It’s been quite the year for Charlie Kaufman, who once again proved his screenwriting prowess by turning writer’s block into the year’s most noteworthy script in Adaptation. One would’ve hoped he could add some quirks to his adaptation of Confessions of a Dangerous Mind, TV host/producer Chuck Barris’s “unauthorized autobiography”. Alas, no dice.
You’ve undoubtedly heard about the book: Barris, producer of “The Dating Game,” “Newlywed Game” and host-producer of “The Gong Show,” claims he moonlighted as a CIA agent during his TV heyday. While it makes for an entertaining read, the book is structured like a cheesy spy novel, mutating elements of Ken Follett and Elmore Leonard into a campy pulp classic. The book’s true highlights are Barris’s self-deprecating remarks – many credit him to this day as the harbinger of “trash TV” – and his humorous anecdotes from these game show sets.
Kaufman opts instead to treat the subject matter quite seriously, downplaying the zany game show set antics in favor of the spy story. A few promising anecdotes are thrown in from “The Dating Game,” where Barris eventually had to hire an actor disguised as a network censor to intimidate contestants into behaving on-screen. Then all but one funny excerpt is added from “The Newlywed Game.” By the time the story rolls on to “The Gong Show, arguably Barris’s pièce de résistance, the spy element has taken over.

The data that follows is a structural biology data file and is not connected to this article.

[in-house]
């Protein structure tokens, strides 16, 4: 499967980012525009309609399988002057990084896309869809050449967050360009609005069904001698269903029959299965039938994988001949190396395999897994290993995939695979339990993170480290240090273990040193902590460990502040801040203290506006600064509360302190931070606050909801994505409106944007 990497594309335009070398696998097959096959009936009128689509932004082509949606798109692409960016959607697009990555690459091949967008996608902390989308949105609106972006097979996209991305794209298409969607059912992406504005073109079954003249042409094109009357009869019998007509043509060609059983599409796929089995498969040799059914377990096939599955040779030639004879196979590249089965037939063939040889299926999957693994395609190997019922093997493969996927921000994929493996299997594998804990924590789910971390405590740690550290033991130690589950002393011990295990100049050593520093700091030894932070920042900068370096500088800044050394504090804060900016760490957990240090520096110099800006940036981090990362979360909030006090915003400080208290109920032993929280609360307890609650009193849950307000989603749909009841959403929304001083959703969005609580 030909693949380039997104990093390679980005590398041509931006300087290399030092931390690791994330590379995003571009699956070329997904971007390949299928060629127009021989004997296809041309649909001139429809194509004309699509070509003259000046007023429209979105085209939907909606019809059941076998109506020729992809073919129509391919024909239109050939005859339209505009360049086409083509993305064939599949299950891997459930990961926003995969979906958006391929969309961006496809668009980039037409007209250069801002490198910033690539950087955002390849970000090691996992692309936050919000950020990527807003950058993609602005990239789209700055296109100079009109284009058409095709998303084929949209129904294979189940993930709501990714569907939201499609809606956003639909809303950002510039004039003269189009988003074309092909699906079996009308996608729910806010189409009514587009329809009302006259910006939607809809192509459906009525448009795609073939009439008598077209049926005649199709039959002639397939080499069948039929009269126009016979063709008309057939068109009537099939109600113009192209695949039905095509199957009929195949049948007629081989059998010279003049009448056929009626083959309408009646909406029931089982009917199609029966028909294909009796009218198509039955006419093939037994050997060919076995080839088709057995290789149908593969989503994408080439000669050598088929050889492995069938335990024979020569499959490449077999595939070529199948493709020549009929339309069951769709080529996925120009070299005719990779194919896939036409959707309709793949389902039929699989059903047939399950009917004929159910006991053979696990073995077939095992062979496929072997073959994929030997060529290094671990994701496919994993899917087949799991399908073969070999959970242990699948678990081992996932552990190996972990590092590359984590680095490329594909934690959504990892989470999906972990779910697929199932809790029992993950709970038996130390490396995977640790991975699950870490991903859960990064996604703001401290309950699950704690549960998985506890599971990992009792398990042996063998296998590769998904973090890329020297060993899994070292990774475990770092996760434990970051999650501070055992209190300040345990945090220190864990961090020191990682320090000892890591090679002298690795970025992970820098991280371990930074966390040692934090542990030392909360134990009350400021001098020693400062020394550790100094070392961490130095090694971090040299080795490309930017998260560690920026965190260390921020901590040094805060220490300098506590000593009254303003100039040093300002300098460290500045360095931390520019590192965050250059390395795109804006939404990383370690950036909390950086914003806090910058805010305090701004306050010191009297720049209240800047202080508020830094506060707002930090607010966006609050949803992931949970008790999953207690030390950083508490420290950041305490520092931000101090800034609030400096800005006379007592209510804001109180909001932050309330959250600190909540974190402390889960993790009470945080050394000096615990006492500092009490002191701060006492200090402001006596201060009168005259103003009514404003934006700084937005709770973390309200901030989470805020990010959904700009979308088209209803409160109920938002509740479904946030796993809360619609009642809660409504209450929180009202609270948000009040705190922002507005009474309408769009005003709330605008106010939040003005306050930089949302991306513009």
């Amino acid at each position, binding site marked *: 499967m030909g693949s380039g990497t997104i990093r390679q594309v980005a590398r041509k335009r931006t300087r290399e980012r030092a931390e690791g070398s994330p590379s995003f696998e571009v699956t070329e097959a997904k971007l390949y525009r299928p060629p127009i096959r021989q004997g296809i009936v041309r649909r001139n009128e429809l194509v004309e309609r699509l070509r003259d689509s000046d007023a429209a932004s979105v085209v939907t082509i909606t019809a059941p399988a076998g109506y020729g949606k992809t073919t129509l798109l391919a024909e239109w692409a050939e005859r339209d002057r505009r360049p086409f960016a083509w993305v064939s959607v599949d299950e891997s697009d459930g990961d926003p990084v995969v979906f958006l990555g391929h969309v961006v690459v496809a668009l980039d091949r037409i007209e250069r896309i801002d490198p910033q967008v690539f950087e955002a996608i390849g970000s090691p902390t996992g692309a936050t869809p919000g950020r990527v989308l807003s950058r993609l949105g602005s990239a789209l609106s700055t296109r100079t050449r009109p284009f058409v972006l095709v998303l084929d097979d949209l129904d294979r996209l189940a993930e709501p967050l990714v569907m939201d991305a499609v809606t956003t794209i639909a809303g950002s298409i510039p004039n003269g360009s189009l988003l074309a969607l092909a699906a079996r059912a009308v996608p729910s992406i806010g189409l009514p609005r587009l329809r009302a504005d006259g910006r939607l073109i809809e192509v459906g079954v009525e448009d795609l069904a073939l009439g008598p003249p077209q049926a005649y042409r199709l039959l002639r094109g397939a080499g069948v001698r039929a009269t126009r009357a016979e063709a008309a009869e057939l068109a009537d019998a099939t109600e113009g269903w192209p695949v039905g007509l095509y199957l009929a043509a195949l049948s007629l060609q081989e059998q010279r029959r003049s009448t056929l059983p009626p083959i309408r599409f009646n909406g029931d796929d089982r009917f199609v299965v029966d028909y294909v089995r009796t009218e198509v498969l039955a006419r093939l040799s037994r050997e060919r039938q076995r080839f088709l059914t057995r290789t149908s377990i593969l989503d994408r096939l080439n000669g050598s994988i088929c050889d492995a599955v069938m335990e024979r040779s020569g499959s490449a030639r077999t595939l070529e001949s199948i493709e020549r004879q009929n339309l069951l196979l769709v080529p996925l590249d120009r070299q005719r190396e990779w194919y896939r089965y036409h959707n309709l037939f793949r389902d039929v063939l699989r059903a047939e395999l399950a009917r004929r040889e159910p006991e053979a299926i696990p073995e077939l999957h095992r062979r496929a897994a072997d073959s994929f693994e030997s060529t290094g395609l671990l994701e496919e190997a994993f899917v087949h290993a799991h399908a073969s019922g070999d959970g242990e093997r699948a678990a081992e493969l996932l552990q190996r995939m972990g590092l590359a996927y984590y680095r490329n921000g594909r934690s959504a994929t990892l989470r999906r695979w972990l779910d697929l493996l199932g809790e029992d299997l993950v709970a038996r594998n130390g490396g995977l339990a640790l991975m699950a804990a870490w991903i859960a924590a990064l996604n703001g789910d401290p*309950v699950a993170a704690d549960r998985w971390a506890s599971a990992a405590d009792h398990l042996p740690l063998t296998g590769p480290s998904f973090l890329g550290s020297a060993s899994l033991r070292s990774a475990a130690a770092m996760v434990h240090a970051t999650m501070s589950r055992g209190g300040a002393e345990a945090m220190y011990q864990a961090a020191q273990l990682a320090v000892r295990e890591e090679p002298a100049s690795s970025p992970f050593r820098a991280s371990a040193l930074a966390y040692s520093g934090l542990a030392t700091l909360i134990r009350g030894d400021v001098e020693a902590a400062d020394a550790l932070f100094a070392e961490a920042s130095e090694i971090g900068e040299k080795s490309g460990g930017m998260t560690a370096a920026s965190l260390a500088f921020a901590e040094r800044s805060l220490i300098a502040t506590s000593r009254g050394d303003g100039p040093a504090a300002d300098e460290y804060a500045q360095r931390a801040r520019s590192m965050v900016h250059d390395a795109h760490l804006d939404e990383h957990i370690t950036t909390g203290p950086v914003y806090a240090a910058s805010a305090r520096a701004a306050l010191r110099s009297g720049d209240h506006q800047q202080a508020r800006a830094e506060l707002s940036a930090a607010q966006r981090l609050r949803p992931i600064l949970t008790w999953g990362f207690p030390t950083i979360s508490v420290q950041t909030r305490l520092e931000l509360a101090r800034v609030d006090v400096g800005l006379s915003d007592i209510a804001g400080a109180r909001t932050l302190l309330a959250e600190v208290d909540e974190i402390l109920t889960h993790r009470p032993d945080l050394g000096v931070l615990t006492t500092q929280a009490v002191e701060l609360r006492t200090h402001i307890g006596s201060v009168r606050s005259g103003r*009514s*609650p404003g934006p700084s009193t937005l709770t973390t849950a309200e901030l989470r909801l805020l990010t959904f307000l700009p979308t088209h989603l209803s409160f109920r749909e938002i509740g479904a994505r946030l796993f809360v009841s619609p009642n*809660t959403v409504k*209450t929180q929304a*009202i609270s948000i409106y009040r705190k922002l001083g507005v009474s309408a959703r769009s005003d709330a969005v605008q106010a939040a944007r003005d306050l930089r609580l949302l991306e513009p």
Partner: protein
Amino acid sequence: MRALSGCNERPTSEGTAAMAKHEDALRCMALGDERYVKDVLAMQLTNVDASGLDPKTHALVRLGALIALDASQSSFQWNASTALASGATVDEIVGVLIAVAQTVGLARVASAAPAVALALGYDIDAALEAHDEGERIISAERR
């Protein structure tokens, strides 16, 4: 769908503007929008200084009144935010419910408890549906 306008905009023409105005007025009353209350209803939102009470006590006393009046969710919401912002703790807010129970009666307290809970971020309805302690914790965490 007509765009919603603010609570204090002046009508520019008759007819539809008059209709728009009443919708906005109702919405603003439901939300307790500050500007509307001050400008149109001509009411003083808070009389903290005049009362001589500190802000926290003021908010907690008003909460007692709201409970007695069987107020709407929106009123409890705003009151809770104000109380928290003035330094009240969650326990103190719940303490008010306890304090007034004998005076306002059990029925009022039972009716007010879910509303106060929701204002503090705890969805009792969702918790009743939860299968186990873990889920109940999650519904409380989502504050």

George Clooney’s Soderberghian direction adds to the serious tone. The array of noirish mise-en-scènes he creates doesn’t offer much opportunity for comic relief. Sam Rockwell adds a few quirks in his performance as Barris and Drew Barrymore is her usual dippy self as his long-suffering girlfriend Penny, but the supporting cast primarily plays it straight. Clooney, who plays Barris’s boss Jim Byrd, and Julia Roberts, who plays fellow CIA agent Patricia Watson, seem to be stuck in Ocean’s Eleven”mode with their poker faces.
It’s a shame that Kaufman and Clooney could bungle up this outsider story. The ingredients were there for “Confessions of a Dangerous Mind” to become a cult classic, but the resulting film is a tedious Hollywood yawner.

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